UAE is home to a 3.3-million-strong Indian community, who make up around 30 percent of the Gulf state's population
Dubai: Indians in the UAE have voiced scepticism about a "massive" operation announced by New Delhi to bring home some of the hundreds of thousands of nationals stranded by coronavirus restrictions.
"It is just propaganda," said Ishan, an Indian expatriate in Dubai, one of seven emirates in the UAE and long a magnet for foreign workers.
He was reacting to his government's announcement this week that it would deploy passenger jets and naval ships to bring home citizens stuck in a host of countries.
India's consulate in Dubai said it received about 200,000 requests from nationals seeking repatriation -- mostly workers who have lost their jobs in the pandemic.
One vessel was heading to the UAE, India's government said, while two flights were scheduled to depart the UAE for India on Thursday.
But the plans drew scorn from Ishan, who was a manager at a luxury services company before he was made redundant last month.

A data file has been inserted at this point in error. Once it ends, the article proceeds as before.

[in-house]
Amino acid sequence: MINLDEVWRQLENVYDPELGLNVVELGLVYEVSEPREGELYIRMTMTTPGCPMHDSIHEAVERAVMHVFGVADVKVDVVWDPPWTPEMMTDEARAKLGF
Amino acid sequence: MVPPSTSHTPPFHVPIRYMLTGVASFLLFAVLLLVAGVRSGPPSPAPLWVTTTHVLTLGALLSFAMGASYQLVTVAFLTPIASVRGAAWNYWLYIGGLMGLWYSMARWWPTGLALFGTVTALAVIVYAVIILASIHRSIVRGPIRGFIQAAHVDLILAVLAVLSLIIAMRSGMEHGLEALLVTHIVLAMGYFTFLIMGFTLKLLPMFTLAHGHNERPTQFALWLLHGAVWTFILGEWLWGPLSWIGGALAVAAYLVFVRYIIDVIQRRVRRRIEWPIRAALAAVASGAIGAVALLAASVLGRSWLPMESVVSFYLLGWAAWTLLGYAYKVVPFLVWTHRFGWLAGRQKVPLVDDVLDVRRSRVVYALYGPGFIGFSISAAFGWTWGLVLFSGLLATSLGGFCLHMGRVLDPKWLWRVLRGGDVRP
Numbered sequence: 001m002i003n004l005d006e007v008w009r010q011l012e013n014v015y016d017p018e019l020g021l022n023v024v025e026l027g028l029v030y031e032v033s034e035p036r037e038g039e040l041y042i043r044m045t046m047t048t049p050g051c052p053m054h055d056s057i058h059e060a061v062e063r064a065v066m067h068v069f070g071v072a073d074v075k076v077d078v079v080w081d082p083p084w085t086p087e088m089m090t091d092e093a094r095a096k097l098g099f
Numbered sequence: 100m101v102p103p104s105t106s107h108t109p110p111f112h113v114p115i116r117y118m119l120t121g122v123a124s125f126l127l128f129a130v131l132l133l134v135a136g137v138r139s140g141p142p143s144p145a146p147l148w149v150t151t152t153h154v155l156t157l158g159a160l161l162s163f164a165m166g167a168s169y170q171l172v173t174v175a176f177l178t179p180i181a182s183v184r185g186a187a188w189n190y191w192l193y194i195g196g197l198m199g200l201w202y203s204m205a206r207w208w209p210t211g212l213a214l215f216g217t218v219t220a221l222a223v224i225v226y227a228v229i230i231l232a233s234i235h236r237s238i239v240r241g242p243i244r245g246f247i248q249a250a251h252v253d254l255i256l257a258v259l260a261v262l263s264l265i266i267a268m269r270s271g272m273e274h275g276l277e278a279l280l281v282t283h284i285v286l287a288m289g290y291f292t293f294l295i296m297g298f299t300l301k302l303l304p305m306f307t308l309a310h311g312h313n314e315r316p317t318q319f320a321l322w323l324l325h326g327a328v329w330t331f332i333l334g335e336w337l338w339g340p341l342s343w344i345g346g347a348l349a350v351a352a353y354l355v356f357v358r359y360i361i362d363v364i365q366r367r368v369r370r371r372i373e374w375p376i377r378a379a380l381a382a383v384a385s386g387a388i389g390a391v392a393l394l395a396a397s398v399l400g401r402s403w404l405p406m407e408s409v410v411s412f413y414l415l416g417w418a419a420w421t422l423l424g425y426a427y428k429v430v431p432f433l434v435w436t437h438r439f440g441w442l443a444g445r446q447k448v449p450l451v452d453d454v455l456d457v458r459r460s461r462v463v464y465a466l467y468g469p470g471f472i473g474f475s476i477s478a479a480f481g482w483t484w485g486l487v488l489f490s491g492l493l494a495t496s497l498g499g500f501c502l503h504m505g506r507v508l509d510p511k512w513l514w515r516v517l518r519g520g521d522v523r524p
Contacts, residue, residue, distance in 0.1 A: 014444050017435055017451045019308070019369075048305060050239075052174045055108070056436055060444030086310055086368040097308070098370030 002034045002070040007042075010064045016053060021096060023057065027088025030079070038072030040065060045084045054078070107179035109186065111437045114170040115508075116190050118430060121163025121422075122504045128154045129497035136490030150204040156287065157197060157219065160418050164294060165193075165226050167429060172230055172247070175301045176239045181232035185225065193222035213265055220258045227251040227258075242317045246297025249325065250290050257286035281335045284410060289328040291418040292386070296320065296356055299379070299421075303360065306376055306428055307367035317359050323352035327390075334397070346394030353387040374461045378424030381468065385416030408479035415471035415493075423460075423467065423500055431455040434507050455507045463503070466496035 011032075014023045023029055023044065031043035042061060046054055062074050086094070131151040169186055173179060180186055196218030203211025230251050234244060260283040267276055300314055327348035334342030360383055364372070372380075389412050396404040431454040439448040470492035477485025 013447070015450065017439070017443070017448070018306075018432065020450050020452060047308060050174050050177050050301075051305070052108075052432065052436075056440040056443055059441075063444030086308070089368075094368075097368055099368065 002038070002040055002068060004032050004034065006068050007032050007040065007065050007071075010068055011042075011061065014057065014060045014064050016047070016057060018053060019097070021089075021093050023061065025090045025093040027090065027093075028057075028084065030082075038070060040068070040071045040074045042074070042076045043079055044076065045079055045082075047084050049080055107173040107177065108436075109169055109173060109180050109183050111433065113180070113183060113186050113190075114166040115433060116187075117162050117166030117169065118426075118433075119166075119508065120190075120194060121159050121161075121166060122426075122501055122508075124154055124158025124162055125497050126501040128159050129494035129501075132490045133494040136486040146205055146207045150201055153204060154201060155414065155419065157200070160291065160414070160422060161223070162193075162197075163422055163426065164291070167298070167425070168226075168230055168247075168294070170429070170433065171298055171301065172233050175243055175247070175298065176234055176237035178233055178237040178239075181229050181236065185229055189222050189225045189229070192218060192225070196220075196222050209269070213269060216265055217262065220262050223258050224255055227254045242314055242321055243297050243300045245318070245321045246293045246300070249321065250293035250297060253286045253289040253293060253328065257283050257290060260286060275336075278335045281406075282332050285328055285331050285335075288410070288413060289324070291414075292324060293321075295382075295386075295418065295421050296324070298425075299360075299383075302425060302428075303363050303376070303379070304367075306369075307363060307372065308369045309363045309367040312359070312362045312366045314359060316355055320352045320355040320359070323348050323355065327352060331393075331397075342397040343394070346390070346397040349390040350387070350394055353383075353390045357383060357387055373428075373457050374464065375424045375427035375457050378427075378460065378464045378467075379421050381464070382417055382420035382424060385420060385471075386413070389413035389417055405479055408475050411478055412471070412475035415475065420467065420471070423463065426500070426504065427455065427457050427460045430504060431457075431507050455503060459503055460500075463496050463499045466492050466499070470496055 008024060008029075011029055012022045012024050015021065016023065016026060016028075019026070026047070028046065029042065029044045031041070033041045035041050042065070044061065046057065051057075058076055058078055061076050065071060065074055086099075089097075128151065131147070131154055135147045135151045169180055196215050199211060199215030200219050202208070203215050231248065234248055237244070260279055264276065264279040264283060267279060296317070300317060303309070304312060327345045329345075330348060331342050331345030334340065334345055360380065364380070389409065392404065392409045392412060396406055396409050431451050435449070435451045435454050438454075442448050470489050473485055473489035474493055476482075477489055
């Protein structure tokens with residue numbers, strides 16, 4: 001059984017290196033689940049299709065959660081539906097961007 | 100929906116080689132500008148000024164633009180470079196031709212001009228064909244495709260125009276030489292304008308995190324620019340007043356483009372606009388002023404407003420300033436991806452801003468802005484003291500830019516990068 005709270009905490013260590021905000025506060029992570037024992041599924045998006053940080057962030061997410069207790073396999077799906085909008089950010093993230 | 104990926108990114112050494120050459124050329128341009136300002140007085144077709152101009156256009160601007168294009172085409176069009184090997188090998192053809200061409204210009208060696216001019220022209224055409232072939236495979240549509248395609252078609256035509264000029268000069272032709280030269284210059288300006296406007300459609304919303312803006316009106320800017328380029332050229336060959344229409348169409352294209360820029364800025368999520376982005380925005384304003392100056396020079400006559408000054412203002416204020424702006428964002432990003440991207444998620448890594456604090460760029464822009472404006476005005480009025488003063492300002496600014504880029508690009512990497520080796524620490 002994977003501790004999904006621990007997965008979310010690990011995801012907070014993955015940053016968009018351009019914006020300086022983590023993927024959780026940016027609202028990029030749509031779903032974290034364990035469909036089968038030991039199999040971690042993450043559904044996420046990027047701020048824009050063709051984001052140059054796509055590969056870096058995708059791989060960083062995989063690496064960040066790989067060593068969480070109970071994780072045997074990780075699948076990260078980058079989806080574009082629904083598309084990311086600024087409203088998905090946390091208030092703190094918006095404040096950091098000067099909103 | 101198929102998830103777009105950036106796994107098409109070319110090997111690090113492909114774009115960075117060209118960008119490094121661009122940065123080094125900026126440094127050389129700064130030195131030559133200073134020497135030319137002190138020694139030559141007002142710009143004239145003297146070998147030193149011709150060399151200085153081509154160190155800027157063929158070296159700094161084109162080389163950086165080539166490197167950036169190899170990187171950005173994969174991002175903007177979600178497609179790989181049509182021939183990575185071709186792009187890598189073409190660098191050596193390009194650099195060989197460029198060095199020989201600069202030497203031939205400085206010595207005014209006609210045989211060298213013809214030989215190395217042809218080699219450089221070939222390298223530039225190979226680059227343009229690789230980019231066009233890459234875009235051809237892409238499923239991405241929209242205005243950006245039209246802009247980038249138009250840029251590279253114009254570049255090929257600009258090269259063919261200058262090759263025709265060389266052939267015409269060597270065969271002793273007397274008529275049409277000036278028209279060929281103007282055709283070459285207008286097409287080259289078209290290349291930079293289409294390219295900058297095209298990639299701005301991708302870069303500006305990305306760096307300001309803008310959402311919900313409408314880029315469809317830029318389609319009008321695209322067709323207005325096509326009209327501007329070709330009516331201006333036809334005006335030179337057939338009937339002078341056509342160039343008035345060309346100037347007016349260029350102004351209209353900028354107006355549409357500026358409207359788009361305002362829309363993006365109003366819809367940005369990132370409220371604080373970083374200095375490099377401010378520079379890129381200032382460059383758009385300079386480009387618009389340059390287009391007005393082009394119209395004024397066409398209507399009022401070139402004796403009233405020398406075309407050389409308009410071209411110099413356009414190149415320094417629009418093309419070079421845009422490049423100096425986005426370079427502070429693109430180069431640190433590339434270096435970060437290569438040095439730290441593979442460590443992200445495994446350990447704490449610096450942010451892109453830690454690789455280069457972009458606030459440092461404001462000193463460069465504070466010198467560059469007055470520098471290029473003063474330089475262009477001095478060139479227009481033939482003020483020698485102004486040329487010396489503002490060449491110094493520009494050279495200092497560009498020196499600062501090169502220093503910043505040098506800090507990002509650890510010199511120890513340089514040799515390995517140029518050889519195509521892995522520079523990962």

"It's like throwing a dog a bone," the 35-year-old complained on Wednesday, dismissing the Indian government's efforts as a drop in the ocean.
"Let's say they repatriate 400 people on the first day, and about 5,000 people in 10 days, what difference has it made?"
India banned all incoming commercial flights in late March as it imposed one of the world's strictest lockdowns to tackle the spread of coronavirus.
The UAE is home to a 3.3-million-strong Indian community, who make up around 30 percent of the Gulf state's population.
'We are upset'
To the anger of some Indian expatriates, the evacuees will have to pay for their passage home and spend two weeks in quarantine on arrival.
"We are upset over the failure of our government," Ishan said. "What about the people with no money? How are you helping them?"
The Indian consulate could not be reached for comment.
Ibrahim Khalil, head of the Kerala Muslim Cultural Center in Dubai, said the consulate had asked him to select 100 Indian nationals for repatriation.
"We are planning to pay for the tickets of those who cannot afford it," he said, adding that the elderly, pregnant and those suffering from illnesses were a priority.
But one Indian woman, eight months pregnant in the neighbouring emirate of Sharjah, was not one of the lucky ones chosen to go back home in one of Thursday's planned departures.
"We called them but nobody would pick up," the 26-year-old, who requested anonymity, told AFP.
She arrived in the UAE a few months ago to visit her husband, who lives in a shared apartment with another family to save money.
"We have no insurance here and the medical expenses are too costly," said the woman, who was anxious to leave to give birth at home.
"I just hope that I am chosen to go back to India. I don't know why I haven't been considered."